TynkerAn app and website that uses code blocks and teaches coding logics through games. The app also features puzzels that work with devices such as the Sphero and Ollie robots, and offers a sandbox where kids can use the block code to create their own games.7 to 14FreeSee article above, "From Scratch to Tynker: Tools to Teach Kids How to Code." "Spin Draw Animation" allows users to create a rotating version of an image. One of several Tynker Hour of Code tutorials available.
Swift PlaygroundsAn iPad app from Apple to help users without prior coding experience learn the Swift programming language by solving interactive puzzles. Users also are able to experiment with the code, create their own programs, and share their creations with others. 12 and upFree"Swift Playgrounds: Not Just Another Coding App," School Library Journal,"Build an iPhone game in your browser!" users learn to code by creating a Pokemon-inspired game using the new programming language Swift.
Bee-BotAn iPad app helps children improve their skills in programming and directional language as they move the Bee-Bot in a series of turns. 3 to 5FreeBee Bot Review, Ed Shelf,
LightBotVideo game apps that teaches concepts of computer programming and coding to solve animated puzzles that increase in difficulty.4 to 8 and 9 and upFreeUsers program LightBot to light up all the blue tiles in the game.
Lightbot 2More of the above, with functions and recursion9 and up?Free
Scratch BlocksStill in development. Scratch Blocks is a new development project for the next generation of graphical programming blocks, based on a collaboration between Google and MIT’s Scratch Team — building on Google’s Blockly technology and informed by the Scratch Team’s expertise in developing creative learning tools for young people. Scratch Blocks will provide a framework for building programming blocks in both vertical (text-based) and horizontal (icon-based) formats.Free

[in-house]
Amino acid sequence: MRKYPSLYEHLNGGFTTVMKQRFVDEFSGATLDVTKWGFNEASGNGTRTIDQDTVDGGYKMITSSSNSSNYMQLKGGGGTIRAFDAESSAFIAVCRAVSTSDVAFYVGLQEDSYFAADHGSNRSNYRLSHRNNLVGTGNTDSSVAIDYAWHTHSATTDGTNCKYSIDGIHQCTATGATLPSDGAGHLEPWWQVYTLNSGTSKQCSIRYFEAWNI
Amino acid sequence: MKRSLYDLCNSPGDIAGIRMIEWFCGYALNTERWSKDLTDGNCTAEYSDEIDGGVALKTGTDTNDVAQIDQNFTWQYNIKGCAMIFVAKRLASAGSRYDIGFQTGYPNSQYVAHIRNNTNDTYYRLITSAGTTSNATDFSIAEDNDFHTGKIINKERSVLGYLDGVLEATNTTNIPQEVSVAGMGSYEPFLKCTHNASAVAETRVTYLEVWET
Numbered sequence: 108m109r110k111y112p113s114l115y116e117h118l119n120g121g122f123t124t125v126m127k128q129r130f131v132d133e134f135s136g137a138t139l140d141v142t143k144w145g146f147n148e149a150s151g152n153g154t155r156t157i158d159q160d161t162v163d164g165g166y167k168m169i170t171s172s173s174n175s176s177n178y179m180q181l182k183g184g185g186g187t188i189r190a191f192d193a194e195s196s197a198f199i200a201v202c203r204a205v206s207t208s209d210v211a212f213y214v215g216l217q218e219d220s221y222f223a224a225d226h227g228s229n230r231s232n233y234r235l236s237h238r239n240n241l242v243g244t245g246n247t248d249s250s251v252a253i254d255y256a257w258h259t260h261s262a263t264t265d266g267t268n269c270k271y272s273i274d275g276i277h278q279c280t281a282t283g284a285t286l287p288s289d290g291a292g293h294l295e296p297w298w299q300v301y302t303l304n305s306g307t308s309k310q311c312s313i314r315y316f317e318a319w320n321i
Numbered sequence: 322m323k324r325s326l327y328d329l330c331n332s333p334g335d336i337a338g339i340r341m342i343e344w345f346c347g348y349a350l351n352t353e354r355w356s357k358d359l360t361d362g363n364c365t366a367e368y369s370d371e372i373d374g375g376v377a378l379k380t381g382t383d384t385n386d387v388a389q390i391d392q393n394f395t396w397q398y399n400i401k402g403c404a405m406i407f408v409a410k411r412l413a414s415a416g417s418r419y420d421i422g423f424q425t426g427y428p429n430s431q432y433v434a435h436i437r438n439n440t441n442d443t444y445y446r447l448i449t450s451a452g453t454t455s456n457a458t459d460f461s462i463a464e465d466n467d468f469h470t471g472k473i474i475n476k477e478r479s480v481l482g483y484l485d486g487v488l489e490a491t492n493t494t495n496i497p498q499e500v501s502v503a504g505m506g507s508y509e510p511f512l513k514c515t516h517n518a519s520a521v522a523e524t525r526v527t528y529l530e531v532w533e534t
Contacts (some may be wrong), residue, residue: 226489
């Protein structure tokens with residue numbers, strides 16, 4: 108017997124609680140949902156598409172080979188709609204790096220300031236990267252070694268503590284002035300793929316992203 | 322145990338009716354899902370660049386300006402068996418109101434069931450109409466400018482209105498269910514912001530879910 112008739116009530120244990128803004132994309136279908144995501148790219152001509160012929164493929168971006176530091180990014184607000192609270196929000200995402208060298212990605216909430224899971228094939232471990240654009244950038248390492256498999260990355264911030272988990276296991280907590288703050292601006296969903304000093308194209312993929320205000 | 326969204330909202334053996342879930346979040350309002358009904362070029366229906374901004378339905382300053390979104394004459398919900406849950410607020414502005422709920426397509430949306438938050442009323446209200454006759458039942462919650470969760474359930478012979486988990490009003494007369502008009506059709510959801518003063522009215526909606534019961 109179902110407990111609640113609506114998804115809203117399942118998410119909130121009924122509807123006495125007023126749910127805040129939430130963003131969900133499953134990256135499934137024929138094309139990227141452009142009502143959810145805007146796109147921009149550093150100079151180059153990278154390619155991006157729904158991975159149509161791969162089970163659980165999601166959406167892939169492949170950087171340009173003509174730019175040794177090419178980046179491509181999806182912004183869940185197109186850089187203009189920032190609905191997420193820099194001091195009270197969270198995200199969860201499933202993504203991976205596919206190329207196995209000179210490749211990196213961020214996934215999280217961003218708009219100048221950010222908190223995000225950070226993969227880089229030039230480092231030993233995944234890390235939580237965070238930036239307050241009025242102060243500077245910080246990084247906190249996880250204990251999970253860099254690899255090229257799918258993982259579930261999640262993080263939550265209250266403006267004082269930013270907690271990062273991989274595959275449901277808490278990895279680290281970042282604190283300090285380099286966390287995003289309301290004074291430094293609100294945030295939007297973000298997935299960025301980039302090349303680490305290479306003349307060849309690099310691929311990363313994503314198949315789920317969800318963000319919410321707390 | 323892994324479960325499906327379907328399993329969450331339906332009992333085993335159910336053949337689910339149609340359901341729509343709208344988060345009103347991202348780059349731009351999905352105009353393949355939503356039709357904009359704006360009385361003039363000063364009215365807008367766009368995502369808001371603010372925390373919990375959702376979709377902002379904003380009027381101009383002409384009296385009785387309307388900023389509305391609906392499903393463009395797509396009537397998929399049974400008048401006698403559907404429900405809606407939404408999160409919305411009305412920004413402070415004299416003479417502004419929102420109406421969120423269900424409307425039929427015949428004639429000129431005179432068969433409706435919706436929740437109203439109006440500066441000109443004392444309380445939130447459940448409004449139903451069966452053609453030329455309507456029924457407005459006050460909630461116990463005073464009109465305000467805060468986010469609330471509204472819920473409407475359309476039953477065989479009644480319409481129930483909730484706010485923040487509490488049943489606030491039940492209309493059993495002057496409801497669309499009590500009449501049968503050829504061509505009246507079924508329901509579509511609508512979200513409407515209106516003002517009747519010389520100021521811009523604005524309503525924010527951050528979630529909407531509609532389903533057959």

BlocklyStill in development. Developer previews of Blockly running natively on iOS and Android demonstrate improved performance and tighter integration with platform UI frameworks. In addition to standard features, Blockly for iOS includes experimental support for multitouch capabilities and block animations. Blockly for Android provides deep support for Fragments and UI customization.Free
TickleLearn to program LEGO, Star Wars BB-8, Arduino, robots, connected toys, and smart home devices, all wirelessly. Tickle is the only platform that connects all your devices together so that they can interact with each other!
Tickle is easy to learn, yet incredibly powerful. Peek under the hood to see your code in Swift 3.0, the world's fastest growing programming language!
Main menu